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5 Annual Fund Strategies to Reach (& Exceed!) Your Goals

5 Annual Fund Strategies

Every nonprofit knows the importance of a successful annual fund campaign. Your annual fund helps your nonprofit set up plans for the coming year and gives your organization stability by assuring you can pay your overhead costs. 

But how can you create new strategies to re-energize your existing supporters, make connections with new supporters, and maximize your fundraising strategy for organizational success?

Let’s break down our 5 best practices for reaching or even exceeding your annual fund campaign goals: 

  1. Set the right annual fundraising goal. 
  2. Understand the kind of support you need. 
  3. Build meaningful relationships with annual fund prospects. 
  4. Emphasize corporate philanthropy in your annual fundraising. 
  5. Lay the groundwork for next year’s gifts. 

By optimizing these tips with your nonprofit’s own brand and voice, you can build more meaningful relationships, achieve your fundraising goals, and set your nonprofit up for a great next year. Let’s get started! 

The Right Goal

1. Set the right annual fundraising goal.

Setting your overall campaign goal can be difficult, but never fear. You only need two numbers and two steps to set an ambitious yet appropriate fundraising goal. The breakdown is easy: 

  • Last year’s operating costs for your nonprofit. While your nonprofit might not have the current fundraising capacity to raise your entire overhead before the year begins, it helps to have a solid goal to work toward in the future. You don’t want to aim too much lower than your costs, either.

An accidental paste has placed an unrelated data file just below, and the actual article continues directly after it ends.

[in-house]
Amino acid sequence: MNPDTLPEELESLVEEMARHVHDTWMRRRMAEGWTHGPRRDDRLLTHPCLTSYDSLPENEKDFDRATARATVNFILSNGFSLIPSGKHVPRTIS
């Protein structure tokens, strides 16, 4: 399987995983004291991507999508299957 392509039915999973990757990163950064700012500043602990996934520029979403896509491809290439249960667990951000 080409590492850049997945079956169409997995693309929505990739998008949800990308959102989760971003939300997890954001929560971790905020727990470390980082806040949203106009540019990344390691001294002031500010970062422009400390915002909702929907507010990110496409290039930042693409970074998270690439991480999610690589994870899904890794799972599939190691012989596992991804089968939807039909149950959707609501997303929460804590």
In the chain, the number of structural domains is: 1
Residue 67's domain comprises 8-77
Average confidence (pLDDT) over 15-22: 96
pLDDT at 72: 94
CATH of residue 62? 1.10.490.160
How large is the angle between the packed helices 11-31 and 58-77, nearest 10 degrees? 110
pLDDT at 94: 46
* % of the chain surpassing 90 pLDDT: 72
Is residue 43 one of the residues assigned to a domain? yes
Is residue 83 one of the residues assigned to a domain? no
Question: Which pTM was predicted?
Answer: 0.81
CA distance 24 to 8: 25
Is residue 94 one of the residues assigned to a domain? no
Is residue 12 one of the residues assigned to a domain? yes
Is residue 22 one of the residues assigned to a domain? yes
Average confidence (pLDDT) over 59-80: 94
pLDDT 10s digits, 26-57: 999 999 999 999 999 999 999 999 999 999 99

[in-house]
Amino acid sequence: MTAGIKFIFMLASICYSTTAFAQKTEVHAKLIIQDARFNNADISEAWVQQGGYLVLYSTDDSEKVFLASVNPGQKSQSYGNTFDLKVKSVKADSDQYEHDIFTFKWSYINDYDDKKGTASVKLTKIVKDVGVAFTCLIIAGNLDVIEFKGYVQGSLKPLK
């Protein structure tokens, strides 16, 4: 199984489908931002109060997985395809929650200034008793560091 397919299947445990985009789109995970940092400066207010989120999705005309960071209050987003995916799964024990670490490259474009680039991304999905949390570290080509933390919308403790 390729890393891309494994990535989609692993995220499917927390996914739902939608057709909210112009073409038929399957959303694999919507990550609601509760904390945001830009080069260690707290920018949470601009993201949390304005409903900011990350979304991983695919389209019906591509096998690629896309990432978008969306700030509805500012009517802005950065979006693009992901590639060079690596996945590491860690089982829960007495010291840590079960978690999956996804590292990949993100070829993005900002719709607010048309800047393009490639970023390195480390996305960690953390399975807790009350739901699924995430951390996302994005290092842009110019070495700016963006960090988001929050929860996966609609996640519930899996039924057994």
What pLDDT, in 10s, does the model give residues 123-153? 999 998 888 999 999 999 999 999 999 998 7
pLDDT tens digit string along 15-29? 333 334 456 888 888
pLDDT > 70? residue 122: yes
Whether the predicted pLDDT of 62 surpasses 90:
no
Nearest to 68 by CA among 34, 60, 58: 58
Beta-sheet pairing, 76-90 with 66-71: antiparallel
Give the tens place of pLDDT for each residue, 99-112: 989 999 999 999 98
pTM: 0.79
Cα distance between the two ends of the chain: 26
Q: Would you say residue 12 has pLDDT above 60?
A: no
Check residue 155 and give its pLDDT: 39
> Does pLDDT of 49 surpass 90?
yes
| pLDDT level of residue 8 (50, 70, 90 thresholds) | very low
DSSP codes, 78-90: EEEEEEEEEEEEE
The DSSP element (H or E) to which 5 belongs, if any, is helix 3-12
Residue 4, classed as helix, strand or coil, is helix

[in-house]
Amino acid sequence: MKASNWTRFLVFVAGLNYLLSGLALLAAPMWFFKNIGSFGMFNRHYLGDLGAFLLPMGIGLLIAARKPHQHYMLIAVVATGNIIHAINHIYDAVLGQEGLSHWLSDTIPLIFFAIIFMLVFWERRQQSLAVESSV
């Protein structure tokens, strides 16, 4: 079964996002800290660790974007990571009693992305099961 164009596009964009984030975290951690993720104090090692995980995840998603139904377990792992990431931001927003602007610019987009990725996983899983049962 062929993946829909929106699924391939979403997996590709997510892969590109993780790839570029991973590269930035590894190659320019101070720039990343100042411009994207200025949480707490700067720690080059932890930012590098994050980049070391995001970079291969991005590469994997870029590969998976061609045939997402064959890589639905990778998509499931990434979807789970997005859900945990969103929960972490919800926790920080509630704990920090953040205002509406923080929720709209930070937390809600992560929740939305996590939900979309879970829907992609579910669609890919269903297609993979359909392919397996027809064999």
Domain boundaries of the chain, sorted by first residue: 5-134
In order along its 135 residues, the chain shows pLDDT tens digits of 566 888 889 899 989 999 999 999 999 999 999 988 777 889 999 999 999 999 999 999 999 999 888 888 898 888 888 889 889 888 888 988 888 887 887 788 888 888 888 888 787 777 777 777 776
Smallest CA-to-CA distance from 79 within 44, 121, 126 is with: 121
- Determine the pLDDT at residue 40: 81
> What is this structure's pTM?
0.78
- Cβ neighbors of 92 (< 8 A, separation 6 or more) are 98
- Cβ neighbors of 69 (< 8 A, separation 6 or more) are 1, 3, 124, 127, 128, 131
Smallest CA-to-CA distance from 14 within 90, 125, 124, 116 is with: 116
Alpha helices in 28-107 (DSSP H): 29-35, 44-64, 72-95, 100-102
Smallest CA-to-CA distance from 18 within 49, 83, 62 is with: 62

• Your fundraising total from previous annual fund campaigns. You already know you were able to raise that amount of money for your cause in the past, which means you may be able to do so in the future, too. Plus, this number gives you an estimate for how much you actually need for operating costs.

Armed with these two numbers, you can now move forward in your planning process with your team. The next two steps are simple: 

  1. With your fundraising team, develop a preliminary goal. This goal should be based on the two numbers mentioned earlier. This goal isn’t definite, but gives your team a starting point to consider whether or not you have the necessary resources and support to achieve your campaign goal. 
  2. Conduct a planning and feasibility study to cement your goal. These studies aren’t only for capital campaigns! With your team and perhaps the added expertise of a fundraising consultant, conduct interviews with your board, your key stakeholders, and your community to gauge the feasibility of your campaign and make any necessary adjustments. 

Setting the right annual fundraising goal is key to the success of your campaign. Set it too high and you’ll fall short, too low and you’ll fail to inspire your supporters with a challenge. Now that you have your goal, it’s time to break that goal down into manageable bites.

Understand the Necessary Support

2. Understand the kind of support you need.

Having a definite financial goal to reach for during your annual fund sets your organization up for success. And once you have a key figure, you can break that down further to better understand what specific audience you’ll need to solicit to reach it. 

Let’s talk about the three levels of giving and what they each mean for your organization’s annual fund campaign. 

Lower-level gifts.

When someone becomes a supporter of your organization for the first time, odds are they opened the door with a lower-level gift. While the bottom 70% of all gifts are lower-level gifts, they only account for 15-25% of your entire fundraising goal. 

These gifts are easier to steward, but that doesn’t mean they’re not critical to your fundraising campaign! 

Mid-range gifts.

The middle 20% of your gifts come from mid-range givers, and their gifts account for 15-25% of your overall fundraising goal. These gifts are larger than average and usually come from people who have previously engaged with your organization.